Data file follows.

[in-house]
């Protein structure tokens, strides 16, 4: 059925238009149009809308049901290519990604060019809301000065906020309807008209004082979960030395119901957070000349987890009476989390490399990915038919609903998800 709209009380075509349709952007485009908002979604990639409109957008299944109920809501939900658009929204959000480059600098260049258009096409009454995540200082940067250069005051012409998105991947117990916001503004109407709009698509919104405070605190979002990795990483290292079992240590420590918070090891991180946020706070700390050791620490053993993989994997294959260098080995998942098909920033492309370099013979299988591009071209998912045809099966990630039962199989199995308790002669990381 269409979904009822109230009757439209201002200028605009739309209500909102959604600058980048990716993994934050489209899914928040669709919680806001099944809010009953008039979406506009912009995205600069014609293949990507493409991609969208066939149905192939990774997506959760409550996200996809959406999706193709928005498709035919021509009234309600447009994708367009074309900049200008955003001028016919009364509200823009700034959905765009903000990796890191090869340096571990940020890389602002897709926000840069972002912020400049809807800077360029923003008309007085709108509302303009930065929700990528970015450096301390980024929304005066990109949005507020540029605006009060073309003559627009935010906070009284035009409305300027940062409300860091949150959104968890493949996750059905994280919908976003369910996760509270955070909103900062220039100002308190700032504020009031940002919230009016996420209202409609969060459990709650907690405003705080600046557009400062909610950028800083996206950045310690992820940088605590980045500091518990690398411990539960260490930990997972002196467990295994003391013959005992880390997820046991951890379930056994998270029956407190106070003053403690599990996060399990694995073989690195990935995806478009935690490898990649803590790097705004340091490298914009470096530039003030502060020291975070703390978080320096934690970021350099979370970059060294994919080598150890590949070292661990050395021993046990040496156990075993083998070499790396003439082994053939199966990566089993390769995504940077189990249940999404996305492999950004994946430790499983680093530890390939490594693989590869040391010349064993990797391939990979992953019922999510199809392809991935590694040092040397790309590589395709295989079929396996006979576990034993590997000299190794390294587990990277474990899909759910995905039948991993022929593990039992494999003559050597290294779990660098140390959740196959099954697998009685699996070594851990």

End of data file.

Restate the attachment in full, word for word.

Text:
[in-house]
């Protein structure tokens, strides 16, 4: 059925238009149009809308049901290519990604060019809301000065906020309807008209004082979960030395119901957070000349987890009476989390490399990915038919609903998800 709209009380075509349709952007485009908002979604990639409109957008299944109920809501939900658009929204959000480059600098260049258009096409009454995540200082940067250069005051012409998105991947117990916001503004109407709009698509919104405070605190979002990795990483290292079992240590420590918070090891991180946020706070700390050791620490053993993989994997294959260098080995998942098909920033492309370099013979299988591009071209998912045809099966990630039962199989199995308790002669990381 269409979904009822109230009757439209201002200028605009739309209500909102959604600058980048990716993994934050489209899914928040669709919680806001099944809010009953008039979406506009912009995205600069014609293949990507493409991609969208066939149905192939990774997506959760409550996200996809959406999706193709928005498709035919021509009234309600447009994708367009074309900049200008955003001028016919009364509200823009700034959905765009903000990796890191090869340096571990940020890389602002897709926000840069972002912020400049809807800077360029923003008309007085709108509302303009930065929700990528970015450096301390980024929304005066990109949005507020540029605006009060073309003559627009935010906070009284035009409305300027940062409300860091949150959104968890493949996750059905994280919908976003369910996760509270955070909103900062220039100002308190700032504020009031940002919230009016996420209202409609969060459990709650907690405003705080600046557009400062909610950028800083996206950045310690992820940088605590980045500091518990690398411990539960260490930990997972002196467990295994003391013959005992880390997820046991951890379930056994998270029956407190106070003053403690599990996060399990694995073989690195990935995806478009935690490898990649803590790097705004340091490298914009470096530039003030502060020291975070703390978080320096934690970021350099979370970059060294994919080598150890590949070292661990050395021993046990040496156990075993083998070499790396003439082994053939199966990566089993390769995504940077189990249940999404996305492999950004994946430790499983680093530890390939490594693989590869040391010349064993990797391939990979992953019922999510199809392809991935590694040092040397790309590589395709295989079929396996006979576990034993590997000299190794390294587990990277474990899909759910995905039948991993022929593990039992494999003559050597290294779990660098140390959740196959099954697998009685699996070594851990």